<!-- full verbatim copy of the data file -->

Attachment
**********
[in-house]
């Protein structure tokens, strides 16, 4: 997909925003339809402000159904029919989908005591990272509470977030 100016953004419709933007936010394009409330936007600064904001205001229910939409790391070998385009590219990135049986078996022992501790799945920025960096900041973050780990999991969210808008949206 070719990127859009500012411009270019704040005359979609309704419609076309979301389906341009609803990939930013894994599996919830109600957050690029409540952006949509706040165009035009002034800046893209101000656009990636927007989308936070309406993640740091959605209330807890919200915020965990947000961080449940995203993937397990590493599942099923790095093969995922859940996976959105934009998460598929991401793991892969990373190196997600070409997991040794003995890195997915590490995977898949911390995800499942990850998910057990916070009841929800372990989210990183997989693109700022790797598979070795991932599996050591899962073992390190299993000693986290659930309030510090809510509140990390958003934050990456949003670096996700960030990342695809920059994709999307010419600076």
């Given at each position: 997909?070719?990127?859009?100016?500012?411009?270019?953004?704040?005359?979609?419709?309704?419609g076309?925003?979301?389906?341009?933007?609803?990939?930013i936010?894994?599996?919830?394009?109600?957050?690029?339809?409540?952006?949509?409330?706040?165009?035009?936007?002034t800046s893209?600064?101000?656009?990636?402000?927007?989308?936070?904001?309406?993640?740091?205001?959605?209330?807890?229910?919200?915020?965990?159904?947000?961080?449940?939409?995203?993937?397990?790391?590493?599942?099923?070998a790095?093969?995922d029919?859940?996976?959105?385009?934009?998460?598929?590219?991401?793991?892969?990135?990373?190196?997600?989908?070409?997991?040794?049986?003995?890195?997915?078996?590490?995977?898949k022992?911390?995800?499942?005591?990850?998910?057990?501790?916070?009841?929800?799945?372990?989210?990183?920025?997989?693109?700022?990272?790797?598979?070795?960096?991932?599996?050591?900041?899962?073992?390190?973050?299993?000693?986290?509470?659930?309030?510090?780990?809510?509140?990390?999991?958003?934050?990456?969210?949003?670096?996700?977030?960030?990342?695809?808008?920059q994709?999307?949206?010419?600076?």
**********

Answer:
[in-house]
């Protein structure tokens, strides 16, 4: 997909925003339809402000159904029919989908005591990272509470977030 100016953004419709933007936010394009409330936007600064904001205001229910939409790391070998385009590219990135049986078996022992501790799945920025960096900041973050780990999991969210808008949206 070719990127859009500012411009270019704040005359979609309704419609076309979301389906341009609803990939930013894994599996919830109600957050690029409540952006949509706040165009035009002034800046893209101000656009990636927007989308936070309406993640740091959605209330807890919200915020965990947000961080449940995203993937397990590493599942099923790095093969995922859940996976959105934009998460598929991401793991892969990373190196997600070409997991040794003995890195997915590490995977898949911390995800499942990850998910057990916070009841929800372990989210990183997989693109700022790797598979070795991932599996050591899962073992390190299993000693986290659930309030510090809510509140990390958003934050990456949003670096996700960030990342695809920059994709999307010419600076």
């Given at each position: 997909?070719?990127?859009?100016?500012?411009?270019?953004?704040?005359?979609?419709?309704?419609g076309?925003?979301?389906?341009?933007?609803?990939?930013i936010?894994?599996?919830?394009?109600?957050?690029?339809?409540?952006?949509?409330?706040?165009?035009?936007?002034t800046s893209?600064?101000?656009?990636?402000?927007?989308?936070?904001?309406?993640?740091?205001?959605?209330?807890?229910?919200?915020?965990?159904?947000?961080?449940?939409?995203?993937?397990?790391?590493?599942?099923?070998a790095?093969?995922d029919?859940?996976?959105?385009?934009?998460?598929?590219?991401?793991?892969?990135?990373?190196?997600?989908?070409?997991?040794?049986?003995?890195?997915?078996?590490?995977?898949k022992?911390?995800?499942?005591?990850?998910?057990?501790?916070?009841?929800?799945?372990?989210?990183?920025?997989?693109?700022?990272?790797?598979?070795?960096?991932?599996?050591?900041?899962?073992?390190?973050?299993?000693?986290?509470?659930?309030?510090?780990?809510?509140?990390?999991?958003?934050?990456?969210?949003?670096?996700?977030?960030?990342?695809?808008?920059q994709?999307?949206?010419?600076?």